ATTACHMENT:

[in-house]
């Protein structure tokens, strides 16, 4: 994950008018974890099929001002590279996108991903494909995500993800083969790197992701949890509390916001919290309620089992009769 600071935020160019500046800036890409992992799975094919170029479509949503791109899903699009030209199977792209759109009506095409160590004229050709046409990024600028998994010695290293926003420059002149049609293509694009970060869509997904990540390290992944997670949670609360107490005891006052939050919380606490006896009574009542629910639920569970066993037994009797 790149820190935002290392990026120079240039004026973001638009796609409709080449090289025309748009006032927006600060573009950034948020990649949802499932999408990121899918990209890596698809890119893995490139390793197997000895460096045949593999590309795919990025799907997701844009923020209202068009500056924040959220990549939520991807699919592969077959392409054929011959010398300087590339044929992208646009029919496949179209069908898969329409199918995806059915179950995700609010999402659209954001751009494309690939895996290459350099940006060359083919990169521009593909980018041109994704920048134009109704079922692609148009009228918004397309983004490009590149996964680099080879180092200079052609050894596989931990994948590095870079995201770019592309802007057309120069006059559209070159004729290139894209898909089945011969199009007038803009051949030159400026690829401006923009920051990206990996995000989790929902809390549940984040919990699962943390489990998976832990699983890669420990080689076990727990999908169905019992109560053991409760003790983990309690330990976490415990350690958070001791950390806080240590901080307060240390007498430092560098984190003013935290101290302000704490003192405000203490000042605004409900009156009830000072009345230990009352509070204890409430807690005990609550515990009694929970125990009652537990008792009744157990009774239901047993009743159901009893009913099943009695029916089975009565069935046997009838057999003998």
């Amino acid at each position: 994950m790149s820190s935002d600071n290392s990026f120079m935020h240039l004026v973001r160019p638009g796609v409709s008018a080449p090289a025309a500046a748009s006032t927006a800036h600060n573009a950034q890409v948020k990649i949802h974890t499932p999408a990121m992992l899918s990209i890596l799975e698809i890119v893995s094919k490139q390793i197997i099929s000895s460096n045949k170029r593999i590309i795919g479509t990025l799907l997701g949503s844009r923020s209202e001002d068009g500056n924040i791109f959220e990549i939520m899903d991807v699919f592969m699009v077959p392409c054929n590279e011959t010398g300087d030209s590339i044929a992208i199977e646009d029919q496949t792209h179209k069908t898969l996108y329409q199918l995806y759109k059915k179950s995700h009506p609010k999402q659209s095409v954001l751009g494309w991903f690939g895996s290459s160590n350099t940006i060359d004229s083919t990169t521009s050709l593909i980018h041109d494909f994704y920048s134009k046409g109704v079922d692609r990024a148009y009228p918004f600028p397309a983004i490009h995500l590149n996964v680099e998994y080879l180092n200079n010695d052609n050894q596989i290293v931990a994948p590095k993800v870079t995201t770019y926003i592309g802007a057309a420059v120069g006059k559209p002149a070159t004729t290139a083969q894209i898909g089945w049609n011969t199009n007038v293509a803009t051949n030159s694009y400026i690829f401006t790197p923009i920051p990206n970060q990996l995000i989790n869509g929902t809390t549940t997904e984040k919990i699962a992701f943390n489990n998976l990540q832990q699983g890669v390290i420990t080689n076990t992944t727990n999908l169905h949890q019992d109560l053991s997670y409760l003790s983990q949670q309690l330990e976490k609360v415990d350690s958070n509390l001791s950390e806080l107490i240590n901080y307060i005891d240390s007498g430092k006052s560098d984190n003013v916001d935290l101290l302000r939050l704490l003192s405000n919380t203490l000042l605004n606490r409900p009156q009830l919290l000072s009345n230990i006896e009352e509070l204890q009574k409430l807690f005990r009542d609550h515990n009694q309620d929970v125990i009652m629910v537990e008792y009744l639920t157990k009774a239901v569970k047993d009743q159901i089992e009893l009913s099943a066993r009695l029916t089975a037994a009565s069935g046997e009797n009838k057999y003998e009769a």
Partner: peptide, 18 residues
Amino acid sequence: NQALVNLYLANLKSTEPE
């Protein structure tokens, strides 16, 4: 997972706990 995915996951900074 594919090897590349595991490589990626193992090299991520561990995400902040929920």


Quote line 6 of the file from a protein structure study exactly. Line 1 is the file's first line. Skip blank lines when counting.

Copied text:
């Protein structure tokens, strides 16, 4: 997972706990 995915996951900074 594919090897590349595991490589990626193992090299991520561990995400902040929920």